France Travel Planner by Tom Brosnahan & Jane Fisher   Domaine de Chantilly, France
Just north of Paris, this beautiful château houses a large museum, and its stables are the largest in Europe.

Raphael, Chantilly, France
Three Graces, by Raphael.




Everyone knows the famous Louvre Museum, but do you know where France's second largest collection of antique paintings is? In the little-known Musée Condé, at the Domaine de Chantilly, just 40 kilometers (25 miles) north of Paris. This makes a great day trip from Paris.

The château itself is beautiful, surrounded by water and with gardens designed by the famous André Le Nôtre. The château has a long history, with roots in the middle ages. During the French Revolution parts of it were destroyed, and later rebuilt.

Chantilly, France
A View of Chantilly Château on a lovely June day

Chantilly today owes its existence to the Duke of Aumale, son of King Louis-Philippe, who rebuilt it in 1875 and donated it to the Institut de France in 1886. It has been open to the public since 1898.

One of the great art collectors of his time, the Duc d'Aumale created the Musée Condé to house his collection. In addition to its rich collection of paintings, the museum also has a significant historical library and important archives, with works dating from the middle ages to the 19th century. The Condé name pays hommage to the Bourbon-Condé family, who took ownership of Chantilly in 1643. The Grand Condé (Louis II de Bourbon-Condé) had Le Nôtre redo the gardens. He also commissioned 11 large paintings, depicting his military activity; these are displayed in the Gallery of Battles.

There are rooms and rooms of art to wander through. The private apartments of the Duc d'Aumale, with their ornate decor and furnishings, give a glimpse into 19th century life. The library holds the private collection of the Duke, who was considered one of the greatest bibliophiles of his time. It contains 19,000 volumes, including 200 illuminated manuscripts from the middle ages, and 2500 books from the 16th century.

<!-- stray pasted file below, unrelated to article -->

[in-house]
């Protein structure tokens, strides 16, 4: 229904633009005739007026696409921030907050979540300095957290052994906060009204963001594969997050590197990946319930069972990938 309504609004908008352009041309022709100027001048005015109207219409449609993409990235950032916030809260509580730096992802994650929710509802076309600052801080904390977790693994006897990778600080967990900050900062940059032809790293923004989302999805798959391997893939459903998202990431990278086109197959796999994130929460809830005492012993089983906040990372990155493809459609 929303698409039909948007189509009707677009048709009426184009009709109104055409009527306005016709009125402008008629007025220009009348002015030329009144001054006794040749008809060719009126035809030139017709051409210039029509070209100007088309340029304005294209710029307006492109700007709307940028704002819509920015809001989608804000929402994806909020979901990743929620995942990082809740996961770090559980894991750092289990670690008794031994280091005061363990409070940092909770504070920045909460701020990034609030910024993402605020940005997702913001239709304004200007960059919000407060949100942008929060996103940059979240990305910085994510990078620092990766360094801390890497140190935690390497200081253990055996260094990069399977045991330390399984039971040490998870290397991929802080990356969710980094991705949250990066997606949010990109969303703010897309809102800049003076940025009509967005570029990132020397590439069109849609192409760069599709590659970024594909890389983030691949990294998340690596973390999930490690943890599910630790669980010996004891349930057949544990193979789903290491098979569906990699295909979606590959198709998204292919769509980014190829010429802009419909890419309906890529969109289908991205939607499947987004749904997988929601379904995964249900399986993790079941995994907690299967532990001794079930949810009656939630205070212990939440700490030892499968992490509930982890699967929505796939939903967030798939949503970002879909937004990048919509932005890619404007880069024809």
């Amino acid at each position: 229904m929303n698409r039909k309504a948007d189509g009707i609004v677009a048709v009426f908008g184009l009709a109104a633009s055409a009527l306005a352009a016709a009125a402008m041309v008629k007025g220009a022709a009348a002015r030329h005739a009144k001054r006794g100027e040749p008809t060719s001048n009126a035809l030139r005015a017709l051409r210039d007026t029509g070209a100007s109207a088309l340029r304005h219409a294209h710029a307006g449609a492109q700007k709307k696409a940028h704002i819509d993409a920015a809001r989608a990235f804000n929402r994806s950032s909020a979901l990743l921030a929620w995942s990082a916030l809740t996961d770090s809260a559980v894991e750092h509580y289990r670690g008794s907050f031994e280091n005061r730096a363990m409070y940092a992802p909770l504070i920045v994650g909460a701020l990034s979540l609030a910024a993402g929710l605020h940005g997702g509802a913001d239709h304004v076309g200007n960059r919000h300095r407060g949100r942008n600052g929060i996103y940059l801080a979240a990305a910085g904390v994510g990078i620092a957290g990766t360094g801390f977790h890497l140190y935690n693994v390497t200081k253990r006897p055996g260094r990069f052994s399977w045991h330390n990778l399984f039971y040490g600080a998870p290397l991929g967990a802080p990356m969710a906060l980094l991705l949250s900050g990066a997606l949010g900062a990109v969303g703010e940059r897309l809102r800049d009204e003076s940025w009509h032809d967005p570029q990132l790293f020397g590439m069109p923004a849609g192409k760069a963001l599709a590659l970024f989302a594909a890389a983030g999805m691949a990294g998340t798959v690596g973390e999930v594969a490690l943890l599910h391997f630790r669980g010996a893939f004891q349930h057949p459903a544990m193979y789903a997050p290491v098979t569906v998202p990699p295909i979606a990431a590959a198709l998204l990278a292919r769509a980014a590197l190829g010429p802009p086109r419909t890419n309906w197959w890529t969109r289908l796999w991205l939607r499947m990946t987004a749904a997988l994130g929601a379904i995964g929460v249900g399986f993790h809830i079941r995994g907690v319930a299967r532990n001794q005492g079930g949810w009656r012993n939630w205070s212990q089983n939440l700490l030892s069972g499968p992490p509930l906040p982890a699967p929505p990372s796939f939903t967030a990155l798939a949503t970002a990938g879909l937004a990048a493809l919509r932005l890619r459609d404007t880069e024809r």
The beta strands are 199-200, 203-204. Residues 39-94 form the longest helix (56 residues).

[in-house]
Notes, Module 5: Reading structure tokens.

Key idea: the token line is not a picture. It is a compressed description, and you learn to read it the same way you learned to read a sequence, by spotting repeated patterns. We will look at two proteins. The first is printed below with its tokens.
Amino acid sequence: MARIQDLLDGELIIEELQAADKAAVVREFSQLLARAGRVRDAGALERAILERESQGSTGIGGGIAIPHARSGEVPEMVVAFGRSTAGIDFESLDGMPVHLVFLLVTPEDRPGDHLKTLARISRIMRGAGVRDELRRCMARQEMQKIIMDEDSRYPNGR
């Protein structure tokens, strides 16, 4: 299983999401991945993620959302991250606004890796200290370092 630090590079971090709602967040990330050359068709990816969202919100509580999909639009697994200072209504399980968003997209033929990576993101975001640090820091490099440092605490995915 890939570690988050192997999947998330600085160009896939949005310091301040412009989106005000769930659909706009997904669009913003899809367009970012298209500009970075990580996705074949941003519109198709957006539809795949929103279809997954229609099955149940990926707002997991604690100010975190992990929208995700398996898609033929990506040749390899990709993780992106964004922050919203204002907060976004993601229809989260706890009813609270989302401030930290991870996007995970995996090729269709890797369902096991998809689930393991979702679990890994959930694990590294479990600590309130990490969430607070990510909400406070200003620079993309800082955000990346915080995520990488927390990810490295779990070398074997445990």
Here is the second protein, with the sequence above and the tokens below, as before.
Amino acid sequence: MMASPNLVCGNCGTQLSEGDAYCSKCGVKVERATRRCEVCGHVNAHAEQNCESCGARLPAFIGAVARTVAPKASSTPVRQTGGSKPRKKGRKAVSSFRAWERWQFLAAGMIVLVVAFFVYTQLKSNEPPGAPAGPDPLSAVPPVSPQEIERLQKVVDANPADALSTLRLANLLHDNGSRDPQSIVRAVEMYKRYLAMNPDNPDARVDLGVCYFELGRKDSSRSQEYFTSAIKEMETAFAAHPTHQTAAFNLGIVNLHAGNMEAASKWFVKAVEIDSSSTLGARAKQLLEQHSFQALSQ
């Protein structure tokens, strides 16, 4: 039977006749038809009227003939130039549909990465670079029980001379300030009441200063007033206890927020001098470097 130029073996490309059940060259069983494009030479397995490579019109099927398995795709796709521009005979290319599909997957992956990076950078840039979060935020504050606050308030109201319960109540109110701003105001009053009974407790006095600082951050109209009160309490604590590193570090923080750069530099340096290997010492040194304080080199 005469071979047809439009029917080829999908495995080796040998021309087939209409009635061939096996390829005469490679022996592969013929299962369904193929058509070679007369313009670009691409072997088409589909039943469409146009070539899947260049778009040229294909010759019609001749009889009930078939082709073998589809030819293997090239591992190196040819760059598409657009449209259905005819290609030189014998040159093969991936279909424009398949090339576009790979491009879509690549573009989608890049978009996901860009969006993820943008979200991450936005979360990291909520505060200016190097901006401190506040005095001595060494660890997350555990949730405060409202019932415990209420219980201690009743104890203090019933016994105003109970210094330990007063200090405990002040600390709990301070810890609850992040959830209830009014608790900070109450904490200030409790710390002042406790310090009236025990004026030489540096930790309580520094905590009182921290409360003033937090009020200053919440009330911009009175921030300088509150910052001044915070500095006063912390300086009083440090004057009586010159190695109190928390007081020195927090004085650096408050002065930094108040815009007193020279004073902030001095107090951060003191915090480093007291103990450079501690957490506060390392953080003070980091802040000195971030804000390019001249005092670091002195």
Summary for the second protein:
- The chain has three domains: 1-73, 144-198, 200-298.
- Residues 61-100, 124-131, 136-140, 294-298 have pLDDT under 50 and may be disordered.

Perhaps most interesting are the paintings. There's a small Raphael of the Three Graces, as well as works by Watteau, Ingres, Delacroix, and many more. Most famous is the Gallery of Painting, designed by the Duc d'Aumale to showcase his collections. Its red walls hold 85 paintings, arranged according to the Duc's preferences. Lighting comes from the glass ceiling and overhead skylight. While such galleries were found in the 19th century, this is the only one that still exists today, and the Duke stipulated in his will that it should not be changed.

Chantilly, France
The Gallery of Painting, showing about half of the paintings in that room.

One of the more unusual displays is a large sculpture of four figures: Religion, Prudence, Piety, and Justice, surrounding an urn that holds the hearts of the Princes of the House of Condé. It was commissioned by Le Grand Condé in 1648.

In addition, the Domaine de Chantilly includes Les Grandes Écuries, or great stables, where you'll find The Museum of the Horse, a new museum that focuses on the centuries-long relationships between horses and humans. Opened in 2013, the museum has everything from carousels to reproductions of prehistoric cave paintings; from live horses to tiny lead models. Individual rooms focus on Horses Through the Ages, Horses in Art, and Horse Racing, to name just a few. They also offer equestrian shows and events.

Fun facts: Chantilly lace is a form of handmade bobbin lace, named for the city of Chantilly (though most of it was actually made in Bayeux). And remember the song Chantilly Lace, by the Big Bopper? Chantilly lace and a pretty face, and a pony tail, hangin' down...That's our Chantilly he's singing about!

In addition, you may have enjoyed Crème Chantilly, or whipped cream. There are conflicting stories about its origin, whether at the château de Chantilly or at the château of Vaux-le-Vicomte, both places where the famous chef François Vatel worked. Vatel is best known, however, for having committed suicide at Chantilly over the late delivery of fish for a banquet for 2000 people, hosted by the Grand Condé in 1671 in honor of King Louis XIV. A colorful history indeed!

Transportation: Regular TER trains run from the Gare du Nord to Chantilly-Gouvieux and take about 25 minutes. You can also take the RER, which is a 45 minute journey. In Chantilly, DUC buses run once or twice an hour from the train station for a quick 6 minute ride; or you can enjoy a 20-30 minute walk to the Domaine.

Domaine de Chantilly
7 rue du Connétable
60500 Chantilly France
+33 (0)3 44 2723180

Planning Your Visit to Paris

Excursions from Paris


Paris Museums

What to See & Do in Paris

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Paris Girls Secret Society, a novel by Tom Brosnahan


Chantillly, France

Above, Memorial Sculpture for the house of Condé, commissioned by Le Grand Condé in 1648.

Below, Courtyard of the stables, The Museum of the Horse.


Chantilly, Museum of the Horse, France

Elegant room, Chantilly, France
Above, Elegant decor in one of the rooms of the château de Chantilly.

Below, Another view of the front of the château.

Château de Chantilly, France

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